Sleeping pads are an essential part of your camping sleep system. They provide comfort, protection, and most importantly warmth for nights spent in the outdoors. Although they can be used wherever you may rest, sleeping pads are designed to cater to different activities. For instance, camping pads are thick and well-padded while backpacking pads are packable and very light. Selecting the right pad for you means balancing warmth, comfort, and weight. Like sleeping bags, pads keep you warm by creating a layer of dead air between you and the cold ground. To describe how well a pad keeps your body heat from seeping into the ground, each sleeping pad is given a rating called an R-value. The higher this number the warmer the pad will keep you through the night.
Below is the list of top sleeping pads that will keep you warm in cold weather.
1. Therm-a-Rest NeoAir XTherm
Weight: 15 oz.
Dimensions: 72 x 20 in.
Thickness: 2.5 in.
With an incredible warmth to weight ratio and a lot of innovative design features, the Therm-a-Rest NeoAir XTherm is an ultralight sleeping pad that is certainly to become a go-to option for those cold weather backpackers and campers. This pad is constructed with a 30D nylon ripstop top and a 70D nylon ripstop bottom. You’ve also got reinforcements on the bottom of the pad where you may experience some more wear.
A lot of the technology in the pad comes into the middle of the inside where you’re going to get your insulation. There’re multiple layers of ThermaCapture technology. It’s a large reflective material that’s going to help to trap heat and reflect it back to where it came. There’s also a triangle core matrix so when this pad lays flat, that material lays nice and flat as well and when it is inflated you get a triangular channel system all the way throughout the pad.
The R-value of this sleeping pad is just about 7.2 and it’s certainly capable of being a 4-season sleeping pad. The small horizontal baffles provide a very stable and even sleeping surface for the back, side, and stomach sleepers. The pad does come in two sizes. It comes in a regular and a large. I do have the large because the regular is slightly smaller for me. The weights will be a little different the regular is around 16 ounces the large is around 1 pound 4 ounces so keep that in mind when looking into the pad.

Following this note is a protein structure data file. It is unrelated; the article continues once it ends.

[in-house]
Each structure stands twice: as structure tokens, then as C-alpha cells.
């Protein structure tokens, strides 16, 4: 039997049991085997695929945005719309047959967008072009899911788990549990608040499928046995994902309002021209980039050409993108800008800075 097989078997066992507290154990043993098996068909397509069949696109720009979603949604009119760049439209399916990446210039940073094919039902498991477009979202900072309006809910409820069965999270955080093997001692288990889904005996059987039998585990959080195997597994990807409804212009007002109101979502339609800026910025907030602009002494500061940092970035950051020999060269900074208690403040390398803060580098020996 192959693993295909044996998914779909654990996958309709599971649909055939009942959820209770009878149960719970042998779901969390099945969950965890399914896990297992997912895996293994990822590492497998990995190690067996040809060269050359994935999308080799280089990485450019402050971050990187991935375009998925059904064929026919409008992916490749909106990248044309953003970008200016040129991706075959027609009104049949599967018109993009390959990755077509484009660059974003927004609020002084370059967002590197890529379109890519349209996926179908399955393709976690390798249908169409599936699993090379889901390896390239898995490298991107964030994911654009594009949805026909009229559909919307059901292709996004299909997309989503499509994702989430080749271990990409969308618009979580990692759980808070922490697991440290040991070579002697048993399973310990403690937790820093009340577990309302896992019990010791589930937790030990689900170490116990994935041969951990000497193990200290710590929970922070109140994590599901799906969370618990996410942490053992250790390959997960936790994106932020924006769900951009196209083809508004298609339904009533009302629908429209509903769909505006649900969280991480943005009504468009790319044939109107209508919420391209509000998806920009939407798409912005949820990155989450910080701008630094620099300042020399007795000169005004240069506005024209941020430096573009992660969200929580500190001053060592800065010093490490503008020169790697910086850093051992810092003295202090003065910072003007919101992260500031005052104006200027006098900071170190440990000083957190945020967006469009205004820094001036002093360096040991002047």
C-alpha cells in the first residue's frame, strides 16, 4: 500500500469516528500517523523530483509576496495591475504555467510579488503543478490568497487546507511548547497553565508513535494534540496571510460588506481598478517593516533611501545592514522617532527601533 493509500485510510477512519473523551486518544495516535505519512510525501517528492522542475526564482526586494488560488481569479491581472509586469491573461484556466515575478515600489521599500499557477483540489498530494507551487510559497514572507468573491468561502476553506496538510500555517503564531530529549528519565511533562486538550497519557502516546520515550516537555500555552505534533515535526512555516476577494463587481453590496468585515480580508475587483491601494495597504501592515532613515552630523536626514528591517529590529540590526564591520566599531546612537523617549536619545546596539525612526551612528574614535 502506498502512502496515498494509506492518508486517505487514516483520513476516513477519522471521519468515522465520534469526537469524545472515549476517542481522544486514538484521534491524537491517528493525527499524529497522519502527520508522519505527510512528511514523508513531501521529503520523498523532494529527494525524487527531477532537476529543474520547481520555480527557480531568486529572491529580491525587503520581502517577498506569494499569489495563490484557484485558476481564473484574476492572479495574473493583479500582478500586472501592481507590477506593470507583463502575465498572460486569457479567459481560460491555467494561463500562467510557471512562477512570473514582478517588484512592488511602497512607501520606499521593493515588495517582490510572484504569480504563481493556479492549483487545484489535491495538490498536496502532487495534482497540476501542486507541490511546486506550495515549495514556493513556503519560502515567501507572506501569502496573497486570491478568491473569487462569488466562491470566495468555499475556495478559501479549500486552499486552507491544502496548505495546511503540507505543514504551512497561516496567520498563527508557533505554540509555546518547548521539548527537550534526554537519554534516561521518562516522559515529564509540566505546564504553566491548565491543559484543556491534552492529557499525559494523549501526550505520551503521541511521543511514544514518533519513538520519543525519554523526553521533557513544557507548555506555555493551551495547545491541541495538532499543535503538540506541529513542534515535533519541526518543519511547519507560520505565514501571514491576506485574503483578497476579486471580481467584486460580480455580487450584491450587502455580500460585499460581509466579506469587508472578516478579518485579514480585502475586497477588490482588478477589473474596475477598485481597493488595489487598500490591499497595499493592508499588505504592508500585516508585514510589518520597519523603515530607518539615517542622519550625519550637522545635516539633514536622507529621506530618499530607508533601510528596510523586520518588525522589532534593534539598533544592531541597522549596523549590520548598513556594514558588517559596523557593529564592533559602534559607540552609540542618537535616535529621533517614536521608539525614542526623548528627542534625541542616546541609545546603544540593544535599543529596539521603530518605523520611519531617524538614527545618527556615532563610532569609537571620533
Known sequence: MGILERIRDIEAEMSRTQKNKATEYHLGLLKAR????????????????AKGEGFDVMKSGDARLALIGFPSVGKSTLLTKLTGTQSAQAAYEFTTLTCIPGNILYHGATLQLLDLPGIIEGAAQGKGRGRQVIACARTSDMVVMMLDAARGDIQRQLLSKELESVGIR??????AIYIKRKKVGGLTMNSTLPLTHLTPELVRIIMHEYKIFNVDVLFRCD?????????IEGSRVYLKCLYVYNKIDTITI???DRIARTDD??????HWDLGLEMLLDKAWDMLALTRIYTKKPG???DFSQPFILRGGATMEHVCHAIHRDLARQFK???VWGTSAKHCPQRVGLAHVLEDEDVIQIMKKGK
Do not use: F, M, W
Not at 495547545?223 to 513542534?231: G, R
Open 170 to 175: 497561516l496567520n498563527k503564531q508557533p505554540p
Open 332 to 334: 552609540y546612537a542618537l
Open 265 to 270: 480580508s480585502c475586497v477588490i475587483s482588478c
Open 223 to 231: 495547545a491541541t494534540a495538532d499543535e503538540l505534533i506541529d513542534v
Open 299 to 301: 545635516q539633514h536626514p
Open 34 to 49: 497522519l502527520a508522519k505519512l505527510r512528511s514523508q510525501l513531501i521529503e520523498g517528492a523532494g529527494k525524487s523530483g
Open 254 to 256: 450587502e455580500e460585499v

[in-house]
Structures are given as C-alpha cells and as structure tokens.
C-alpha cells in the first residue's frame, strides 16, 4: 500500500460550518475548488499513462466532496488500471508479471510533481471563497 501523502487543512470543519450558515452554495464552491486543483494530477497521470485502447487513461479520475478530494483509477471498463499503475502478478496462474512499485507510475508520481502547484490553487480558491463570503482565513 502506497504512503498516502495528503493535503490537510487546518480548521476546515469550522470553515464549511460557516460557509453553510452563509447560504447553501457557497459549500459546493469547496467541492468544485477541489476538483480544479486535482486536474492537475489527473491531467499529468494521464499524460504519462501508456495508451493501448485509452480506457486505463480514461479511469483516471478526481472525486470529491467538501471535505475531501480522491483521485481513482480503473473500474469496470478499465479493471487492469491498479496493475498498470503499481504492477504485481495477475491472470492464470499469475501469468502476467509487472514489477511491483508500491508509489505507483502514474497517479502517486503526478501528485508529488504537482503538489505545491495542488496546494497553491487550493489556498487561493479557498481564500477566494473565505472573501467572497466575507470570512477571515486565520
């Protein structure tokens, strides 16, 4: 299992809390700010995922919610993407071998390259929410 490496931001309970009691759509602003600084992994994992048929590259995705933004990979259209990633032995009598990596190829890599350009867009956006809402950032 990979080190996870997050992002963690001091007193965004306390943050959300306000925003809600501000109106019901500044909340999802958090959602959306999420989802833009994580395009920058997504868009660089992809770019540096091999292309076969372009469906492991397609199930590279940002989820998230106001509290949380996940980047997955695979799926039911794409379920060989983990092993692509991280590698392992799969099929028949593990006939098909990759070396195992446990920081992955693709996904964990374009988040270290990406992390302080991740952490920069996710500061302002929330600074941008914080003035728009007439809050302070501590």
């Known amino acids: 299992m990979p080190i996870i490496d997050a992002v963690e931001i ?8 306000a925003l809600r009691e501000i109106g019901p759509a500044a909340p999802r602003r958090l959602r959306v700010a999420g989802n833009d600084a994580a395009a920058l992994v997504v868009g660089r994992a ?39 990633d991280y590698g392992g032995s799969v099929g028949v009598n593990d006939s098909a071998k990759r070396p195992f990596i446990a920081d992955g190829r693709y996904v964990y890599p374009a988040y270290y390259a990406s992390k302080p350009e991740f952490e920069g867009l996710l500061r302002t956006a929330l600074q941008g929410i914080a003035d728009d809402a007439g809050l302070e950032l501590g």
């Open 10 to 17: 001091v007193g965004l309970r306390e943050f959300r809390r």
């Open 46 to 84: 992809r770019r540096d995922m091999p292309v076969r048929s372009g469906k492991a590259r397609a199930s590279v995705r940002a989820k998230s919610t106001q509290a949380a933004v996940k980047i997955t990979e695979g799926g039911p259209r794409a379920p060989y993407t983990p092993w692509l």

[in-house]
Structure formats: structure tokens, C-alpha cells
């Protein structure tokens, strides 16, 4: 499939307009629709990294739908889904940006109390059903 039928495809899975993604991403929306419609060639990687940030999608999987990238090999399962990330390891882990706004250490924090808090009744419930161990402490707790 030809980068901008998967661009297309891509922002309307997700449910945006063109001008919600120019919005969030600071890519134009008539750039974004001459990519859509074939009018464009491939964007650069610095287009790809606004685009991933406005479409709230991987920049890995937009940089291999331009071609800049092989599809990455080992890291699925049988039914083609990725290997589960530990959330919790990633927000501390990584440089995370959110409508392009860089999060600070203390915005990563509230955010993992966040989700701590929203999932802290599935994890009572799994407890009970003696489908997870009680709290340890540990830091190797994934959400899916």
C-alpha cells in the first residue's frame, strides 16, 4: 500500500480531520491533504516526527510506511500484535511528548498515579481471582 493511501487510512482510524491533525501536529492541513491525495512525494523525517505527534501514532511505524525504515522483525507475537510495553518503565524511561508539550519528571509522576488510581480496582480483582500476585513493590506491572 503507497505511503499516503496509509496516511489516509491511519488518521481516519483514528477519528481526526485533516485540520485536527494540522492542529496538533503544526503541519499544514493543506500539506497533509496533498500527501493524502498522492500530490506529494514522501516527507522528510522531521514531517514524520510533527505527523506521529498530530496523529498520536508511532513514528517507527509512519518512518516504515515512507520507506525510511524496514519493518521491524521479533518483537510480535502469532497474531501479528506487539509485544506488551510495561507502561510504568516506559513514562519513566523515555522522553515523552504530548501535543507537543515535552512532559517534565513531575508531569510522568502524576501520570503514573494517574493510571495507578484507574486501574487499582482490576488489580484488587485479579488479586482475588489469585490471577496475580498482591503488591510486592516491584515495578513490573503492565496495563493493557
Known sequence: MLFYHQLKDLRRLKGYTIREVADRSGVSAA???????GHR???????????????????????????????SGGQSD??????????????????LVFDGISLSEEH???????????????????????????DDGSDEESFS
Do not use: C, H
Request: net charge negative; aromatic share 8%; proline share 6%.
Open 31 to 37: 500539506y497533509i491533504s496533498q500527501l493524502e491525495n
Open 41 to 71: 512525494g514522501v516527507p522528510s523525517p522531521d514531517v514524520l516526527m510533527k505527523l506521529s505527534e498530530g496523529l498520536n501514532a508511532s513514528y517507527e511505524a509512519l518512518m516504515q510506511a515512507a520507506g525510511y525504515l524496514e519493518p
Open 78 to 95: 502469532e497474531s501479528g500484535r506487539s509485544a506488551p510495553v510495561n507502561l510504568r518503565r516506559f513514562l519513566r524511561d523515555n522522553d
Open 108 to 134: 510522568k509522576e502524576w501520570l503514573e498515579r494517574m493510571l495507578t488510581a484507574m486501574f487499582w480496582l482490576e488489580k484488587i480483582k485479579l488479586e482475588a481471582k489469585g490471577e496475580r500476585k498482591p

Pros: Small packed size, superior warmth, lightweight
Cons: The material is crunchy and crinkly. It does make some noise but after using this pad for around a year, I’ve never been woken up by that noise.
2. Sea to Summit Comfort Plus Insulated
Weight: 1 lb. 11.6 oz.
Dimensions: 72 x 21.5 in.
Thickness: 2.5 in.
This pad is warm with an R-value of 5.0 and weighs around 1 pound 12 ounces but that varies with size so refer to the specs for your specific pad. Why is this pad so neat? Well, one of the great features that I found with this thing is the double-layered design. With inflatable pads, the risk normally associated with that is; what if my pad gets a whole? You assume you’d end up flat on the ground without insulation in the middle of the night. Many of us may have been there but with the Comfort Plus Insulated Mat, you shouldn’t have to worry about that anymore.
This pad has a dual-layer design that ensures redundancy. If you end up with a puncture in one layer the other layer remains fully functional. You won’t have to worry about waking up on the ground on the rocks and you can easily patch that puncture the next morning with the included repair kit. That’s huge.
Along with that, you get a lot more with this pad it’s insulated with Thermolite synthetic insulation so it has a very warm build. There is also an Exkin Platinum fabric layered on the inside, which is a highly reflective and very light material. This will reflect radiant heat back toward your body and will block the cold air from sneaking through. Inside the pad, Sea to Summit has used an innovative lamination process. They used liquid TPU, which bonds more consistently and almost eliminates delamination issues. That TPU also doesn’t stretch and it has an antimicrobial treatment so it won’t break down if you inflate this thing by mouth.
The design of the pad is unique as well. The Air Sprung Cells create an extremely stable surface and they adapt to terrain much better than your traditional high volume baffles. You can roll around without getting bucked off your pad and the weight evenly distributes. There are multifunction valves on each layer of the pad to easily inflate and deflate. There’s a one-way gasket on the inflate valve that lets you push air in without having it rush right back out. Also, you can tailor the firmness of your pad simply by pressing on that little valve once it’s inflated.
Pros: Dual air chambers are redundant, super warm, quiet, supportive, and comfortable
Cons: Heavy and expensive
3. Exped MegaMat Lite 12
Weight: 2 lbs. 8.4 oz.
Dimensions: 72 x 25.6 in.
Thickness: 4.7 in.
Exped has taken its famous MegaMat Base Camping Pad and trimmed down the weight and bulk to bring you similar comfort in a lighter package. There are a lot of cool things to talk about with this pad. First off, the pad packs down small compared to the traditional MegaMat. It packs down incredibly small and is very lightweight. Exped wanted to bring out a pad that grants maximum comfort for base camping and can still be taken on backpacking, paddling, or bike packing adventures. While not being ultralight by any means, it’s going to give you way more comfort than many other pads on the market.